The facts are indisputable.
Amir Attaran, who studies law and population health at the University of Ottawa in Canada, compared the prices of antiretroviral medications obtained through compulsory licenses in several countries with the median price achieved by peer countries for the same drugs through international procurements in the same year. Compulsory licensing did result in lower drug prices compared with the price on offer before the license was issued, but of the 30 cases of compulsory licensing from 2003 to 2012 for which reliable data was available, the median price achieved through international procurement was lower for 19 of them—in the majority of cases by more than 25% (Health Aff., 34, 493–501, 2015). The effect was strongest in the poorest countries, where in six out of seven cases the procurement price was more than 25% lower than the compulsory license price.
Attaran says the results suggest that countries should not rush into using compulsory licenses until they have exhausted all other options. “Countries can save money using compulsory licenses, but they can save more by negotiating and using international procurement channels,” he says. “If saving money is paramount, then compulsory licenses may not be the optimal strategy.”
Myth: Technology transfer as sound healthcare policy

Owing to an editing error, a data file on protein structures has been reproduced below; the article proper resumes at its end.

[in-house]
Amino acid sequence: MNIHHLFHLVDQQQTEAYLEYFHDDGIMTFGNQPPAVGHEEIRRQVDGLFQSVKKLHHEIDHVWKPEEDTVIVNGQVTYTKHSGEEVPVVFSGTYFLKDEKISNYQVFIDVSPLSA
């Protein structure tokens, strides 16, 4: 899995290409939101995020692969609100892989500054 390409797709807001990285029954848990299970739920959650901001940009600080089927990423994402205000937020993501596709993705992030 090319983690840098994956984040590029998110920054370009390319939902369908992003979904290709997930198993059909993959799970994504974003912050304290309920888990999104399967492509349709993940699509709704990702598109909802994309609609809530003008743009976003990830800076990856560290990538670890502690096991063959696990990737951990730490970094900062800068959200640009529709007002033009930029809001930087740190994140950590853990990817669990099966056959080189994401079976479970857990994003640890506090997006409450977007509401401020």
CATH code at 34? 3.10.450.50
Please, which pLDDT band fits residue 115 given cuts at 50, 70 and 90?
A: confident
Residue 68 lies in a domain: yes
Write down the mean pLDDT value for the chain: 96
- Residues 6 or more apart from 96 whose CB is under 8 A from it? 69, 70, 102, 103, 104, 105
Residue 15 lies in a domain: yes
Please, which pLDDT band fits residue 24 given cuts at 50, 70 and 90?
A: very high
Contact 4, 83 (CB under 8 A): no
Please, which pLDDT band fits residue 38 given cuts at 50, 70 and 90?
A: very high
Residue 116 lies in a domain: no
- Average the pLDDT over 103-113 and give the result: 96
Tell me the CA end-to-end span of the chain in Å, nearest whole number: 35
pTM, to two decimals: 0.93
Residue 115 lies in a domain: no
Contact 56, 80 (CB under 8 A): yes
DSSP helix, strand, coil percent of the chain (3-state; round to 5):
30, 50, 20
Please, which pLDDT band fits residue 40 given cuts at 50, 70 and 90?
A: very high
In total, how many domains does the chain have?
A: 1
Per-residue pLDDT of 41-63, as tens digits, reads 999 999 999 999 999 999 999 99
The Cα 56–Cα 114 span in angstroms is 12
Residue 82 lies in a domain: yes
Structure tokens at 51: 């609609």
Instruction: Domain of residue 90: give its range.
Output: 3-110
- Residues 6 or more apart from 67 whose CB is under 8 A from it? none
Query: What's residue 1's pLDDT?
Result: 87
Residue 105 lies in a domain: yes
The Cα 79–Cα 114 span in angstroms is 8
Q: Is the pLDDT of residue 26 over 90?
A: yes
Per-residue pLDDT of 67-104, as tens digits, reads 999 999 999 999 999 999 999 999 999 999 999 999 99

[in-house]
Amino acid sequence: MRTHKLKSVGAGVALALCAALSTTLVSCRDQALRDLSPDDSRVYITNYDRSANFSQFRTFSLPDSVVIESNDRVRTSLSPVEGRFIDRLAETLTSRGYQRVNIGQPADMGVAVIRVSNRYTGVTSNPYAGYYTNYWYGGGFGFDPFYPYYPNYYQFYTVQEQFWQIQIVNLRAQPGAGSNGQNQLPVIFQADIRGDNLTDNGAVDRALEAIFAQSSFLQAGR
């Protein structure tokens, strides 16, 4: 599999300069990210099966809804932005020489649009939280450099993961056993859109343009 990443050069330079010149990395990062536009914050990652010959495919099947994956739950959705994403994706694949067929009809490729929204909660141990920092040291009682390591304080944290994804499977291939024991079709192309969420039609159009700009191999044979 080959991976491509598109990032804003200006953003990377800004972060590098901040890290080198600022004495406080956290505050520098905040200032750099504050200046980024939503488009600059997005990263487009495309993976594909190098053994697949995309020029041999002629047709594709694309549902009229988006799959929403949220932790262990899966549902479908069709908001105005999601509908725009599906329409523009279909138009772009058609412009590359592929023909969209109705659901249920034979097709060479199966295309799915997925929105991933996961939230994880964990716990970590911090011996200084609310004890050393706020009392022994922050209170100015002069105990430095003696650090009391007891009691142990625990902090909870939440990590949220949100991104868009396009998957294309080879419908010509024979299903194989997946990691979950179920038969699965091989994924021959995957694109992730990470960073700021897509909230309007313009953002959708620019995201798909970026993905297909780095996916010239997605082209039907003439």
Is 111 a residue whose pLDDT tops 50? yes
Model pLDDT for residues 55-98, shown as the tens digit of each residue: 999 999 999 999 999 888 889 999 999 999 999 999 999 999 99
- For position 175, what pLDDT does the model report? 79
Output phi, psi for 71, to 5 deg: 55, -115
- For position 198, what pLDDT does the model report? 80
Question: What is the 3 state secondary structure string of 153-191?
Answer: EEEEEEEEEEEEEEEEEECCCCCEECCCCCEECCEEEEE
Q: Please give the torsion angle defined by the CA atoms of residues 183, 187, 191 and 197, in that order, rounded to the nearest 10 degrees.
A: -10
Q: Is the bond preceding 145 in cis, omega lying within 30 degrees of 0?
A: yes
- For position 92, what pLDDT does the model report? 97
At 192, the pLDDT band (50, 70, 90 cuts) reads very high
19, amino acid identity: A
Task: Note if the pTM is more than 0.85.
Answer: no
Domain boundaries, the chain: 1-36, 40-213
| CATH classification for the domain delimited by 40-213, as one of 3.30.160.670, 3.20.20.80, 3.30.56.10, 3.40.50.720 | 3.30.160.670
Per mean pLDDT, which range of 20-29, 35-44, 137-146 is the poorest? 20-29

The price differential was highest when countries issued a compulsory license to manufacture the drug locally. The largest disparity was seen in 2012, when Ecuador licensed the production of a combination treatment of the drugs abacavir and lamivudine. The median price achieved by other countries for that drug combination was ten times cheaper. This is because to produce the drug locally a country may need to build up a manufacturing base from scratch, and economies of scale are lost. Attaran says there are valid reasons a country may want to do this, for example to ensure a secure supply or to address concerns about manufacturing processes, but then price can no longer be the driving force for the decision. “If they want local production, it's going to cost them,” he says.
According to Attaran “This is not an indictment of compulsory licenses, but a question of judgment,” he says. “It's not in anyone's interest to advocate for something that is not supported by evidence.”
The complete article, worthy of careful examination, can be found here.Read More & Comment...
The Wall Street Journal writes, “A well-known hedge-fund manager is taking a novel approach to making money: filing and publicizing patent challenges against pharmaceutical companies while also betting against their shares.”
That person is Kyle Bass.